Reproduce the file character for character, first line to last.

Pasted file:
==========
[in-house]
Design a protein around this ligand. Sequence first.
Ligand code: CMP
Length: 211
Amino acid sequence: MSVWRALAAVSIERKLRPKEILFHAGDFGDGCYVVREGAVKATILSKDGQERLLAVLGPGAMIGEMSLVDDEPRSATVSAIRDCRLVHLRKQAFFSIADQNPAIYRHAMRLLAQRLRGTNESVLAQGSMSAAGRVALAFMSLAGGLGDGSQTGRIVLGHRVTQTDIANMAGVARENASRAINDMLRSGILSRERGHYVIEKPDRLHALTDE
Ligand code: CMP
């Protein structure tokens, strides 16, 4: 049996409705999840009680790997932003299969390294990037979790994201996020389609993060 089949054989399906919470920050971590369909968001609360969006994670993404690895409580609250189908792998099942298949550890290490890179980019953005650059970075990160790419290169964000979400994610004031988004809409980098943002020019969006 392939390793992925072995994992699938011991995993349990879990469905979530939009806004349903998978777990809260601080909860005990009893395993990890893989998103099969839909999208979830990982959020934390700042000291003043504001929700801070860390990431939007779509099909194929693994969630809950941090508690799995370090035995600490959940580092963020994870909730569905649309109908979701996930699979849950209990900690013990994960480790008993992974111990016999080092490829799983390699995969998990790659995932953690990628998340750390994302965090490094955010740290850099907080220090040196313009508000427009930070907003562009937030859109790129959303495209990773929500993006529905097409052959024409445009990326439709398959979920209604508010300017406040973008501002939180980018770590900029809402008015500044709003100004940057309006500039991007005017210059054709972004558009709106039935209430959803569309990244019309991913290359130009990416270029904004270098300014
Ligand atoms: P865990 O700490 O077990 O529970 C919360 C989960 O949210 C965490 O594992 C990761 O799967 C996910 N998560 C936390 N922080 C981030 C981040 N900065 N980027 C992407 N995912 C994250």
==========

[in-house]
Design a protein around this ligand. Sequence first.
Ligand code: CMP
Length: 211
Amino acid sequence: MSVWRALAAVSIERKLRPKEILFHAGDFGDGCYVVREGAVKATILSKDGQERLLAVLGPGAMIGEMSLVDDEPRSATVSAIRDCRLVHLRKQAFFSIADQNPAIYRHAMRLLAQRLRGTNESVLAQGSMSAAGRVALAFMSLAGGLGDGSQTGRIVLGHRVTQTDIANMAGVARENASRAINDMLRSGILSRERGHYVIEKPDRLHALTDE
Ligand code: CMP
């Protein structure tokens, strides 16, 4: 049996409705999840009680790997932003299969390294990037979790994201996020389609993060 089949054989399906919470920050971590369909968001609360969006994670993404690895409580609250189908792998099942298949550890290490890179980019953005650059970075990160790419290169964000979400994610004031988004809409980098943002020019969006 392939390793992925072995994992699938011991995993349990879990469905979530939009806004349903998978777990809260601080909860005990009893395993990890893989998103099969839909999208979830990982959020934390700042000291003043504001929700801070860390990431939007779509099909194929693994969630809950941090508690799995370090035995600490959940580092963020994870909730569905649309109908979701996930699979849950209990900690013990994960480790008993992974111990016999080092490829799983390699995969998990790659995932953690990628998340750390994302965090490094955010740290850099907080220090040196313009508000427009930070907003562009937030859109790129959303495209990773929500993006529905097409052959024409445009990326439709398959979920209604508010300017406040973008501002939180980018770590900029809402008015500044709003100004940057309006500039991007005017210059054709972004558009709106039935209430959803569309990244019309991913290359130009990416270029904004270098300014
Ligand atoms: P865990 O700490 O077990 O529970 C919360 C989960 O949210 C965490 O594992 C990761 O799967 C996910 N998560 C936390 N922080 C981030 C981040 N900065 N980027 C992407 N995912 C994250």